Source: Public Assets
Income inequality is already growing in Vermont. And if Congress has its way on tax reform, that problem will get worse.
Analysis released yesterday by the Institute on Taxation and Economic Policy shows that, like the House plan from earlier this month, the newly released U.S. Senate’s tax plan helps Vermonters at the top the most.
Nationally, the plan is heavily tilted in favor of upper-income households and profitable corporations. The top 1 percent gets around one-fourth of the total tax cuts and the top 5 percent receive half of the tax cuts. In Vermont, 60 percent of the benefits go to the top 20 percent of taxpayers.
Under the Senate plan, the top 1 percent of Vermont taxpayers would on average get a tax cut of $21,910, growing to $29,820 by 2027. Meanwhile, the bottom 20 percent of taxpayers would save an average of $100 in 2019 and $200 in 2027.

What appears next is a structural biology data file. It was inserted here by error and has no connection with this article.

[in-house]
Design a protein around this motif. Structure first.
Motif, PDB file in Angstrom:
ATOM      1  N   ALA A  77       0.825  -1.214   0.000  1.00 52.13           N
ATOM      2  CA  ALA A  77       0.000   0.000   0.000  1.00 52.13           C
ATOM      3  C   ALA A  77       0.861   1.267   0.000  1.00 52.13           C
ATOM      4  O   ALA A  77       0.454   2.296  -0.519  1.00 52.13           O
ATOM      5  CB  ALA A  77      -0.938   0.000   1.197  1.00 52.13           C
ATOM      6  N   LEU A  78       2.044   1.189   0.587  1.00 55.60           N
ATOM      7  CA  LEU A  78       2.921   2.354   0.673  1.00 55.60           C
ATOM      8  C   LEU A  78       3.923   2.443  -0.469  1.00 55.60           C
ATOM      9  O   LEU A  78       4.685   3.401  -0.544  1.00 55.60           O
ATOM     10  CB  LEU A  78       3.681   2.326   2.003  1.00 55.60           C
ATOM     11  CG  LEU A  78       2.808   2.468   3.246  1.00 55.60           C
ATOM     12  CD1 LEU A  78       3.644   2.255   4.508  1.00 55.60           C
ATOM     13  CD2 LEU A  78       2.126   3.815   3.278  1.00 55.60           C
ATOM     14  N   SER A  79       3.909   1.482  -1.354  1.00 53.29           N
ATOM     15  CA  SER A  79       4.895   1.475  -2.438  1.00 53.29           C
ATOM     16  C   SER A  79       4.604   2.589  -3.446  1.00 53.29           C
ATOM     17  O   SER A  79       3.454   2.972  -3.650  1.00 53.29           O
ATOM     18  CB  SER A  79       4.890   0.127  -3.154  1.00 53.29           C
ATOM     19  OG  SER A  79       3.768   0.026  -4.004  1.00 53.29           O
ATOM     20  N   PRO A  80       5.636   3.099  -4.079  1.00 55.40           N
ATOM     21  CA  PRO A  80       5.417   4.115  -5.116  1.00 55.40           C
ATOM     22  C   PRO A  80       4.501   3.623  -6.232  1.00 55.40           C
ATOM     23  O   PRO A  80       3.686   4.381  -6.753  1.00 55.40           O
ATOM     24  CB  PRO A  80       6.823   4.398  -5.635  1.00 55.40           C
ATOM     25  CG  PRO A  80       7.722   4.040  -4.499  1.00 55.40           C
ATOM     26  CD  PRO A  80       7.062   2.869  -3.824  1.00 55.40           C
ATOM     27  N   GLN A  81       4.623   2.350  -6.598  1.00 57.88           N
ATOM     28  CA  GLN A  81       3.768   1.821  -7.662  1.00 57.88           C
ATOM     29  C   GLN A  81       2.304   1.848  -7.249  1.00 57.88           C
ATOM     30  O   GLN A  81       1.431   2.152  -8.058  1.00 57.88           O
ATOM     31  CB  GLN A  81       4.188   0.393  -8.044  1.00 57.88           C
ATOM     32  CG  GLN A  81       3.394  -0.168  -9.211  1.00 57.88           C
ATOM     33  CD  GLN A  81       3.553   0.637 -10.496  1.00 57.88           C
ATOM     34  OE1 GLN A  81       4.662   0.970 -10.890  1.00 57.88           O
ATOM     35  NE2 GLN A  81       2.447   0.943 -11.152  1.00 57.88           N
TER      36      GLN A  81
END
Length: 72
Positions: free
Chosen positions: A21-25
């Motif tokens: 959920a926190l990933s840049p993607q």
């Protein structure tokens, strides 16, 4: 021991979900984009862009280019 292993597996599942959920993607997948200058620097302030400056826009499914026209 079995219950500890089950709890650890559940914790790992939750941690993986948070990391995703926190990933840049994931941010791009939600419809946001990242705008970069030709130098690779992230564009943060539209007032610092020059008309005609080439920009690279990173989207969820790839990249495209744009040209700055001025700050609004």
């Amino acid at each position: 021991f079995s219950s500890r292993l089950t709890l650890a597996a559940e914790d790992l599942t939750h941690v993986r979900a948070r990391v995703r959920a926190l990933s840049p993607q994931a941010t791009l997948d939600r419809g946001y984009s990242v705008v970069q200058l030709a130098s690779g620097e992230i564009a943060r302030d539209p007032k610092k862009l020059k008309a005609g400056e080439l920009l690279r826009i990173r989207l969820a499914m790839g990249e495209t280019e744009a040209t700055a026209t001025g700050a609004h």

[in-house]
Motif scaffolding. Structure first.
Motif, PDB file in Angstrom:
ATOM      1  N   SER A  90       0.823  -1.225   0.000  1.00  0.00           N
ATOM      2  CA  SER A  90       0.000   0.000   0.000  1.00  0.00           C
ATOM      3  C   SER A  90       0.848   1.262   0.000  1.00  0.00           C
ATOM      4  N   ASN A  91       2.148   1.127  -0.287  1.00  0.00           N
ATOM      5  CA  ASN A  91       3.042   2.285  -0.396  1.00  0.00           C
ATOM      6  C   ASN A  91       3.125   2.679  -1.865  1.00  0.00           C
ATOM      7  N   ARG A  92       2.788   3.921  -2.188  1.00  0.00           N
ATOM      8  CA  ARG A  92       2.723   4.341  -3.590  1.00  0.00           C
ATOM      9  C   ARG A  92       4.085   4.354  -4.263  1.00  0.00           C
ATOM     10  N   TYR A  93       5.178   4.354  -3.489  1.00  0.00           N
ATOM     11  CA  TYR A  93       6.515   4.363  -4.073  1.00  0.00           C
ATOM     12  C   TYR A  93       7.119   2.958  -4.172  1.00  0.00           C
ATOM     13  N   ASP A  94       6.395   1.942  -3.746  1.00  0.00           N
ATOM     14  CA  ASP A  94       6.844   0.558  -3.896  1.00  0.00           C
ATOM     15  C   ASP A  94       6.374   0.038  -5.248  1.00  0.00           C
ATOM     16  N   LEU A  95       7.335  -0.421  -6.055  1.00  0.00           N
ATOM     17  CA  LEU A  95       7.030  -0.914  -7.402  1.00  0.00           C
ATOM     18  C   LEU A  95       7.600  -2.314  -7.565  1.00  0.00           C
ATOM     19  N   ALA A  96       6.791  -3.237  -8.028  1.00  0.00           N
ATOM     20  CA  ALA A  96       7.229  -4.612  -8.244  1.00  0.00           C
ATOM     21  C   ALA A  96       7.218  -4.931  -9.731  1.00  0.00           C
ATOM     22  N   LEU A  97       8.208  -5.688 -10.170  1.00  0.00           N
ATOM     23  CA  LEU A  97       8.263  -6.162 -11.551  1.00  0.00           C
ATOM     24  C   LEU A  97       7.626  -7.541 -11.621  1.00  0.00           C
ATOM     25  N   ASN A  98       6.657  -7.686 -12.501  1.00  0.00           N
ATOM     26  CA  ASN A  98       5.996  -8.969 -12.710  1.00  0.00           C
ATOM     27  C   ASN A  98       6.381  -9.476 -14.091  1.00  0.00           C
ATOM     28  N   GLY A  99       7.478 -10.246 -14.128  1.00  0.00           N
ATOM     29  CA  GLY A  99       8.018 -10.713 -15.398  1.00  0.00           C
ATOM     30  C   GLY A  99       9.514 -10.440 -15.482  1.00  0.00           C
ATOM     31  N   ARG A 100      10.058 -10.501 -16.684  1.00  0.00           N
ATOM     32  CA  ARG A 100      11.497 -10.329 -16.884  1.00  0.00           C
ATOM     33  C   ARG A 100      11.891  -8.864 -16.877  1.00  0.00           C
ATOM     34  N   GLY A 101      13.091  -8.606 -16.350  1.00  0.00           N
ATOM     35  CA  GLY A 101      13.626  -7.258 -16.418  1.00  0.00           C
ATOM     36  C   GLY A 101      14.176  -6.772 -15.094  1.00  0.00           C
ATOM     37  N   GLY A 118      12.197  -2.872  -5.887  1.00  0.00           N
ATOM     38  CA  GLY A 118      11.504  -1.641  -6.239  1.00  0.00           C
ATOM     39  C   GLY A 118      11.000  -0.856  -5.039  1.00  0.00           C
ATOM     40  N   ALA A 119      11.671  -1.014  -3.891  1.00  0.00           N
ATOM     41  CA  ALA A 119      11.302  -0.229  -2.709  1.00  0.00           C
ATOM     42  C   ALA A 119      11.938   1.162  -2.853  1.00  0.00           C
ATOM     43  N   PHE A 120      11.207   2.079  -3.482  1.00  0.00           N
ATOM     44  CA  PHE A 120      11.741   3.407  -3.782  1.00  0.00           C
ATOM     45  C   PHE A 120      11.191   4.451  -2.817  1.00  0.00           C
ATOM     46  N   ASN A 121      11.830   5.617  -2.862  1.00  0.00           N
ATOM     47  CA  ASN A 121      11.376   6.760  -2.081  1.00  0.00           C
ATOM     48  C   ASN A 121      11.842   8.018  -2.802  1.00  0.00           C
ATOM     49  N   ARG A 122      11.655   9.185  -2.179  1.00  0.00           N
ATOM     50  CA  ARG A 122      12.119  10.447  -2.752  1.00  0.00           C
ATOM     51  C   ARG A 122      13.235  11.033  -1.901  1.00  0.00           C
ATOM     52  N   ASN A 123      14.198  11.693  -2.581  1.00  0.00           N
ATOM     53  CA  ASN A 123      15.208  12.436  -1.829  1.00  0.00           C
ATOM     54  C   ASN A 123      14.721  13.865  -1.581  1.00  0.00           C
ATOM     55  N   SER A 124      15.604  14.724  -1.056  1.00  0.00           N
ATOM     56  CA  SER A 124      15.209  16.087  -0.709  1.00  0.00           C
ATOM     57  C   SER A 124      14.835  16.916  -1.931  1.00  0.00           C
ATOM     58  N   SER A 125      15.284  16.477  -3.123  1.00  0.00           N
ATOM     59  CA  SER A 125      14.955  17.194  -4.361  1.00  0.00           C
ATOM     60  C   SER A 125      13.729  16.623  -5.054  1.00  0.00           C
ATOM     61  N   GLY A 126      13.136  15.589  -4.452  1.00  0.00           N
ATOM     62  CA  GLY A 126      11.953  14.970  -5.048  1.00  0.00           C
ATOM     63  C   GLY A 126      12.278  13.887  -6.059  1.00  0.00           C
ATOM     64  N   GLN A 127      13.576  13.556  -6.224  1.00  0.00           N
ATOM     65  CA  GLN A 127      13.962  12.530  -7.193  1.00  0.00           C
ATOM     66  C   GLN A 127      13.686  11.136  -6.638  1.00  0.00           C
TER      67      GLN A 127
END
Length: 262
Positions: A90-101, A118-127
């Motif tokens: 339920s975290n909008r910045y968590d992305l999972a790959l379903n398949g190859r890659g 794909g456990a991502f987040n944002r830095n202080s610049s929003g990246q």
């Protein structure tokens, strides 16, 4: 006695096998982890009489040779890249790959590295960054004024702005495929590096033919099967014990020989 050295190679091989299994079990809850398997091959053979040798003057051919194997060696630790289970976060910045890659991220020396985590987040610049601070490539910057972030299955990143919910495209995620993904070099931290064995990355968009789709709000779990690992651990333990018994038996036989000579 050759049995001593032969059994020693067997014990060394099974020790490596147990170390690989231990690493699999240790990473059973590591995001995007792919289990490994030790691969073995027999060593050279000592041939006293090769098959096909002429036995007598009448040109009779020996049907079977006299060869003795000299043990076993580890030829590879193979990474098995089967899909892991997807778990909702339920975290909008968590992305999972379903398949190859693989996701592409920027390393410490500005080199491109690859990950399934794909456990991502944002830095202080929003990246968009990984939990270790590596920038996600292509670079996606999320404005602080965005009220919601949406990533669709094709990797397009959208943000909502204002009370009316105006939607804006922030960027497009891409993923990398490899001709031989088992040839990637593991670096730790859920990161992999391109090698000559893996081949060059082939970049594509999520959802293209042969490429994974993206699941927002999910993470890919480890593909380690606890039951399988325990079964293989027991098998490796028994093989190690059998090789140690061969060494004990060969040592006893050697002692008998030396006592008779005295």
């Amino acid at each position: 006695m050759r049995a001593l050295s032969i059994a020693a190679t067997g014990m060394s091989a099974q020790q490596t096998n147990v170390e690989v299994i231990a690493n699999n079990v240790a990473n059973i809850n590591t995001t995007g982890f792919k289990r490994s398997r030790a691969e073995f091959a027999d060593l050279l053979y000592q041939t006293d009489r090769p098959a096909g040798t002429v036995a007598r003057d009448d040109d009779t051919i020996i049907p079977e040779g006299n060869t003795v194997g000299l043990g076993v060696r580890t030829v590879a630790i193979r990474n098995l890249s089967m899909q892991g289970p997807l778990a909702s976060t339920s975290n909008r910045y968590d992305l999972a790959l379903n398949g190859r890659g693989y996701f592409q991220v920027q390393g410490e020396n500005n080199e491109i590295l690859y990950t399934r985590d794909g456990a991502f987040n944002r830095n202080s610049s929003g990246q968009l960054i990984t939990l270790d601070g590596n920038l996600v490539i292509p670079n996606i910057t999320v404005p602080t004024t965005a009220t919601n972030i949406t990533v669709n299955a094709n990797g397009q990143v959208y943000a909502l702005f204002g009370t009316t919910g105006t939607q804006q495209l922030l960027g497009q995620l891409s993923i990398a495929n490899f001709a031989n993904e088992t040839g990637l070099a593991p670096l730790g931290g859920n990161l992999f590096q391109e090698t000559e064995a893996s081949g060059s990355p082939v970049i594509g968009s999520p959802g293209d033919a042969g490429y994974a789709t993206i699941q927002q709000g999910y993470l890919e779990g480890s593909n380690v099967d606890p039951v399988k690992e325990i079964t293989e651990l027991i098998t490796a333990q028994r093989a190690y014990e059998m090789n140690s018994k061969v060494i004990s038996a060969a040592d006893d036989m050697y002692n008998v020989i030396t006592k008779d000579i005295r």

Both plans would add $1.5 trillion to the federal deficit over 10 years. And both plans would substantially cut taxes for corporations and those with the highest incomes, while providing minimal relief for most working families, and in some cases actually increasing taxes for those families.
The plans also have a number of differences, among them how they handle the estate tax, the mortgage interest deduction, and the deduction for state and local taxes. But these differences don’t change their overall aim to lower taxes for corporations and high-income taxpayers.
Neither plan would provide much help to low- and moderate-income Vermonters. And the cuts to education, health care, infrastructure, or other public services that would be needed to pay for these plans would hit working families especially hard.